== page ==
You may already be familiar with chia seeds—at least in chia “pets,” dating back to the 1970s, where the seeds are sprouted on terracotta figurines of animals (including humans) to mimic fur or hair. (There’s now a “candidate series” featuring the heads of Obama, Clinton, Sanders, and perhaps least surprisingly given all the attention to his hairstyle, Trump.)
But did you know that chia has a long history of use as food and medicine? Here are some chia seed tidbits, gleaned from a 2016 review article in the Journal of Food Science and Technology:
- Indigenous to Mexico and Guatemala, chia (Salvia hispanica L.) was the second leading crop after beans in pre-Columbian cultures. Besides its use in folk medicine, chia has been used in religious ceremonies and in cosmetics.
- The word chia is derived from the Aztec word chian, which means “oily,” a reference to its high content of unsaturated fats. Much of the fat is alpha-linolenic acid, a plant omega-3 fat.
- The seeds are rich in protein, nutrients (such as calcium and magnesium), and fiber, along with phenolic antioxidants (including chlorogenic acid, caffeic acid, and quercetin).
- Because of the high fiber content, the seeds can absorb a lot of water (up to 15 times the weight of the seed). By forming a gelatinous mass when digested or mixed with a liquid beforehand, it’s thought that chia seeds may slow digestion, improve blood sugar control, and increase satiety—though more research is needed to confirm such effects.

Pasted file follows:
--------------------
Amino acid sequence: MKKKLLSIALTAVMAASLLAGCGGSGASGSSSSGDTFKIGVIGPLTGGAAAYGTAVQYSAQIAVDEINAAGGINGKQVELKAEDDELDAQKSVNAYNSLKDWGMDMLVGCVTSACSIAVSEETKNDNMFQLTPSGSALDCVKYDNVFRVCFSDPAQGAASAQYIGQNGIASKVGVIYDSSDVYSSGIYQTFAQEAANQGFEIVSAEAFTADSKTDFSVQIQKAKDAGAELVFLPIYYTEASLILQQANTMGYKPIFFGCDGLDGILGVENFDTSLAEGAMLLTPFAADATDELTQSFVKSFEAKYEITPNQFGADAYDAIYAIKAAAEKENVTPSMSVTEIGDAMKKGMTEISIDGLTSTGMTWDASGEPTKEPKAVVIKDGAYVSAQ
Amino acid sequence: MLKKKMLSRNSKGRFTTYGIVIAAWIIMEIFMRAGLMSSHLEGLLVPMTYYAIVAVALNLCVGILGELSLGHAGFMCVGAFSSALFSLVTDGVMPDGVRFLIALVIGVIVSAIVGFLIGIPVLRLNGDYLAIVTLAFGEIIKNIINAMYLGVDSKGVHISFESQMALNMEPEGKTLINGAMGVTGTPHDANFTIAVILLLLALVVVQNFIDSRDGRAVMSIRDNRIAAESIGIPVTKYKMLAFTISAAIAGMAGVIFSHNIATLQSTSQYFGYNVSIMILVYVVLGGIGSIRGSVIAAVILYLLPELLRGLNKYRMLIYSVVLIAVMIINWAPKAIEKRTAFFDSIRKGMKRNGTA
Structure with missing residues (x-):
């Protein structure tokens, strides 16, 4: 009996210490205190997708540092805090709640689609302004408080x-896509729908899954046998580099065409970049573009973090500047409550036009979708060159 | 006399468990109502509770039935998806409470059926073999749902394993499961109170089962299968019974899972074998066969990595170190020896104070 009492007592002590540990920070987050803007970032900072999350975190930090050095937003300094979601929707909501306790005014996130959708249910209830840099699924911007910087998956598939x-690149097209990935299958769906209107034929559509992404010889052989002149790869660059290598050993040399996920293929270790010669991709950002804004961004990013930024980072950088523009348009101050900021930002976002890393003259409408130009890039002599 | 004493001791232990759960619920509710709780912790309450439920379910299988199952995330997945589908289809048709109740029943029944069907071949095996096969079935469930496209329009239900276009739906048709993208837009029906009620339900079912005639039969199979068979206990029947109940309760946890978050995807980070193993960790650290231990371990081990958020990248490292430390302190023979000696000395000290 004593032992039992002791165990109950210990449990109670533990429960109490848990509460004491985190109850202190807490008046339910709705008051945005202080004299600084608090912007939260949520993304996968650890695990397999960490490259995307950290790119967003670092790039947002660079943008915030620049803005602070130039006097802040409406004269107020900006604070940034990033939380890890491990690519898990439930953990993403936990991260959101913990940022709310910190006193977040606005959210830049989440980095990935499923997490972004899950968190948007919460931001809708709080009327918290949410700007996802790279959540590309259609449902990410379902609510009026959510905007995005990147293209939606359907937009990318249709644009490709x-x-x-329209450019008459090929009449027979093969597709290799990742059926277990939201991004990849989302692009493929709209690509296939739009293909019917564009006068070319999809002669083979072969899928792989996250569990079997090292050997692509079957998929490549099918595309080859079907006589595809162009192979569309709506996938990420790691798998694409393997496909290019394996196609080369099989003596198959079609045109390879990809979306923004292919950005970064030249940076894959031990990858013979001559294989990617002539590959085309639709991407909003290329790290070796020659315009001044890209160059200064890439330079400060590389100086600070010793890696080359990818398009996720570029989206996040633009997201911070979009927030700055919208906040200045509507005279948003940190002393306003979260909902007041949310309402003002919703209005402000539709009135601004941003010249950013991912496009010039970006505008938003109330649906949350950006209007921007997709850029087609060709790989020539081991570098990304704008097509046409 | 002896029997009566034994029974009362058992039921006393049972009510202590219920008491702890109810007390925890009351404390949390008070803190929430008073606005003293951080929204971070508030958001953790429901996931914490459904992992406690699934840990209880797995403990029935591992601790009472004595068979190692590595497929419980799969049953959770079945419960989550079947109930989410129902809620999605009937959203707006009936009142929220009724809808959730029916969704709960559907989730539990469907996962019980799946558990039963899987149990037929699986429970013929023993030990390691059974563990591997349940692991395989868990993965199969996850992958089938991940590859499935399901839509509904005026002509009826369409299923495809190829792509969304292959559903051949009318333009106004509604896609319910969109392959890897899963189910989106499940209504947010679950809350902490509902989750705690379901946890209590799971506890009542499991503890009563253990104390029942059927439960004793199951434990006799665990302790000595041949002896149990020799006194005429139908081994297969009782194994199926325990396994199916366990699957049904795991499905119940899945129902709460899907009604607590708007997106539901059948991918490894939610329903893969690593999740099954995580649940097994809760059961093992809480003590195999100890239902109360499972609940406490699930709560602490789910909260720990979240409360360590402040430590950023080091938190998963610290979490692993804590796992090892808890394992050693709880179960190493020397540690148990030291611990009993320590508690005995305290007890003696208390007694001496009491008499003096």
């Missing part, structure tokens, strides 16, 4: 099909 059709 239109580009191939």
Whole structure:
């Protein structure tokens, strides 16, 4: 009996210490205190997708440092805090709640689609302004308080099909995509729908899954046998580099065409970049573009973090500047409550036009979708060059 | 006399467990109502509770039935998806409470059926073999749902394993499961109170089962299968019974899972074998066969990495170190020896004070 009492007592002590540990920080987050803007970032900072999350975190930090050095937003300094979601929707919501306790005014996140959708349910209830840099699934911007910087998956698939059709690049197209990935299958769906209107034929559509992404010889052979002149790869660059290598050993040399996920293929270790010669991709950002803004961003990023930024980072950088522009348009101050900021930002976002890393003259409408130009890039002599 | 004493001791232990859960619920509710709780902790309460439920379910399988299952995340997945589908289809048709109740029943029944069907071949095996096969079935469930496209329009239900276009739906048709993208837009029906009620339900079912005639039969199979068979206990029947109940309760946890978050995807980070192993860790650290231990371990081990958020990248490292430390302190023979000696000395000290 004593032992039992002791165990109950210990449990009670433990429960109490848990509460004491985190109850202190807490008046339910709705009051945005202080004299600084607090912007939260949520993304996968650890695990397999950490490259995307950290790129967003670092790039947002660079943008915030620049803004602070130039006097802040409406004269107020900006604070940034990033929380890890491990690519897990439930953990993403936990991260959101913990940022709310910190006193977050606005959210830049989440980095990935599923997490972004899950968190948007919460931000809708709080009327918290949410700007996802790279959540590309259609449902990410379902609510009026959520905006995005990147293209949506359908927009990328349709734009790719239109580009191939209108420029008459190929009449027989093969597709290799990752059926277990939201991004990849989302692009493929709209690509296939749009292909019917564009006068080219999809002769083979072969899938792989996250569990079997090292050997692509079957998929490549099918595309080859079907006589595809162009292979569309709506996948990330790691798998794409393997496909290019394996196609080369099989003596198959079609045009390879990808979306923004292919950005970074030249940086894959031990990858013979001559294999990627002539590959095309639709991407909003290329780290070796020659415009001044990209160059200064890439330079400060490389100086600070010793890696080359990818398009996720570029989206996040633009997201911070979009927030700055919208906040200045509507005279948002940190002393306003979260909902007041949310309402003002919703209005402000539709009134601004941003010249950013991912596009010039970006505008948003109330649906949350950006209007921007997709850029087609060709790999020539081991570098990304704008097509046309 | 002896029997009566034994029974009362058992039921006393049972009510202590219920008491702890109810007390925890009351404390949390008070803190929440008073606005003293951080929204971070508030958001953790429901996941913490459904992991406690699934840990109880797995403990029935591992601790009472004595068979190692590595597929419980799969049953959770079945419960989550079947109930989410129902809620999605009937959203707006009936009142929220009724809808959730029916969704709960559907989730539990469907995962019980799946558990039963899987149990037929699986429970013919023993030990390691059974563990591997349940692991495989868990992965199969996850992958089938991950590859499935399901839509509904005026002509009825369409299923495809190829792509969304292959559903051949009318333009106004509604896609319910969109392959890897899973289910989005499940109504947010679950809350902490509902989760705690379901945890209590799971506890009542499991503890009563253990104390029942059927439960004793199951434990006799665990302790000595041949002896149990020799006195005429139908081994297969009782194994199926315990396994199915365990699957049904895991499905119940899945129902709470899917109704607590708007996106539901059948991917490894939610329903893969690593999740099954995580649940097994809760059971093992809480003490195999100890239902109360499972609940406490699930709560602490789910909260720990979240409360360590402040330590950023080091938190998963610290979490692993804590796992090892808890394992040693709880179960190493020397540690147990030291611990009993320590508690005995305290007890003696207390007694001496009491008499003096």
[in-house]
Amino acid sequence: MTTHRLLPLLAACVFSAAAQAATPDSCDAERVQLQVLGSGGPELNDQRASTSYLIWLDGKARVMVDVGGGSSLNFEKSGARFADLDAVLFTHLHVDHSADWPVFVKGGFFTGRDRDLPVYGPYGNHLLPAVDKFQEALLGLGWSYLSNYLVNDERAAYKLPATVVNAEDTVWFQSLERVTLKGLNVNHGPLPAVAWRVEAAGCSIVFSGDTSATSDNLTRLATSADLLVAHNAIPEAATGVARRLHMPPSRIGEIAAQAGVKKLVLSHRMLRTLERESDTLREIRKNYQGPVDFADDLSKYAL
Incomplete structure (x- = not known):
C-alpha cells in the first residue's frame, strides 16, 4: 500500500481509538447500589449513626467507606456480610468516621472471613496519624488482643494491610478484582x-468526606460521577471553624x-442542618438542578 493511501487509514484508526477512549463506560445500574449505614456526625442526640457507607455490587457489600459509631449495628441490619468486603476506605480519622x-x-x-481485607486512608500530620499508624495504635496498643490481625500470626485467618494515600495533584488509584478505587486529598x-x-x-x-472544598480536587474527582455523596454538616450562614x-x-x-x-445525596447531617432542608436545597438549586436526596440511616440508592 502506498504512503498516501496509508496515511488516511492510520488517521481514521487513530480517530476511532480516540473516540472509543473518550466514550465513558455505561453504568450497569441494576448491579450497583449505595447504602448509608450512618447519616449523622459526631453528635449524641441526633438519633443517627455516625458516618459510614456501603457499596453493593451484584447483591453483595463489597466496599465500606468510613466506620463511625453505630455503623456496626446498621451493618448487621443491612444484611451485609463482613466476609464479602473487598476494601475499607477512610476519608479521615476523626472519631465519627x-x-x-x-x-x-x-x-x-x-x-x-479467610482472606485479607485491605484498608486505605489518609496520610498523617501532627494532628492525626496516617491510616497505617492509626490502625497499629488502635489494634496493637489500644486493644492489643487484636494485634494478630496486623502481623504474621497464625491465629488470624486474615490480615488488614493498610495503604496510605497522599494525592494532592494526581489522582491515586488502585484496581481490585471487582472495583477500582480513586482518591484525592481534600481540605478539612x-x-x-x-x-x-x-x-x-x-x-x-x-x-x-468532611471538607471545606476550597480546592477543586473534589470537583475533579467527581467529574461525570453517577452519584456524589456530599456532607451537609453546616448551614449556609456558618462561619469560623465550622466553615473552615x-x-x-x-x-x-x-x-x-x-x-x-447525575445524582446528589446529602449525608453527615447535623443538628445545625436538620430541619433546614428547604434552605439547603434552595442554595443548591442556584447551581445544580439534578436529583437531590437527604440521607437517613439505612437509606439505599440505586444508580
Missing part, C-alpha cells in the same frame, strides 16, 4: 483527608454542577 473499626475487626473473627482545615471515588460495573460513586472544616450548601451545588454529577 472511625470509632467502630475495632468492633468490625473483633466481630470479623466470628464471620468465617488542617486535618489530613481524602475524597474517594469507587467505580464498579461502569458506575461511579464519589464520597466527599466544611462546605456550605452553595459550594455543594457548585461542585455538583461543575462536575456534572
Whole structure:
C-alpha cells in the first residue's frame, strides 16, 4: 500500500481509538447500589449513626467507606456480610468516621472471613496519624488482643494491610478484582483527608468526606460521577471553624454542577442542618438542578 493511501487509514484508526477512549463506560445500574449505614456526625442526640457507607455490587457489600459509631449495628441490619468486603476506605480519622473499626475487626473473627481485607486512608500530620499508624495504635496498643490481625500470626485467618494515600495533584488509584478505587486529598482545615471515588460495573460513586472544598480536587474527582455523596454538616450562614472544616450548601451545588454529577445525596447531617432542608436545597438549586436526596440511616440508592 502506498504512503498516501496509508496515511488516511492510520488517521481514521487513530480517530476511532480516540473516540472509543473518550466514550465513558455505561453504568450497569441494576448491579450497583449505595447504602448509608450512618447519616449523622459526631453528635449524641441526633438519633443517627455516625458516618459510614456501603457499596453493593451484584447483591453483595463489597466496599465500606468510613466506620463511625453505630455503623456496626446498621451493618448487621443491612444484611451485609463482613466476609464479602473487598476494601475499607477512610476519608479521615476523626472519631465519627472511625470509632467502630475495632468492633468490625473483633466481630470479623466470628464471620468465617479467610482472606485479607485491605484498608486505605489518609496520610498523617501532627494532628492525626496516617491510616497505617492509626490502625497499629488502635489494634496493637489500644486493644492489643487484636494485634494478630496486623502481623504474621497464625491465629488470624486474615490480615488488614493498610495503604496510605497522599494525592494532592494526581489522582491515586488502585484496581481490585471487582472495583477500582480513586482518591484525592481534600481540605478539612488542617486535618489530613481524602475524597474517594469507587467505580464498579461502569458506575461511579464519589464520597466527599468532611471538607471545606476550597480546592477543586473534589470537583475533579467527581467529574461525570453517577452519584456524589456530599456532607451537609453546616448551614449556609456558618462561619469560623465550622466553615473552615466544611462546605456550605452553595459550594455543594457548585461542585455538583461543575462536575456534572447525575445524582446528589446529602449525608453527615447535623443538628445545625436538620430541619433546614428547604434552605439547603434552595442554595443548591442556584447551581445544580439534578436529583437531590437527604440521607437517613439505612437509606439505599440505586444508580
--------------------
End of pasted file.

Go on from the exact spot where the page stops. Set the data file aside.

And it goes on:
- There’s also some preliminary evidence that the seeds may lower triglycerides and blood pressure. Topical application may improve some skin conditions. More studies are needed to confirm whether the seeds have cardioprotective, immune-enhancing, anti-inflammatory, or any other claimed benefits.
- Essential oils in chia leaves are being studied for possible insect-repellent properties.
Bottom line: It’s too soon to say if chia seeds can help with weight loss, diabetes, joint pain, or any other medical conditions. Include them in your diet if you like them. You can find them in a range of commercial foods, from baked goods, pasta, and cereal bars to yogurts and puddings. Or you can incorporate them in your own baking and cooking and add them to smoothies (try this Strawberry Chia Smoothie recipe from the American Institute for Cancer Research).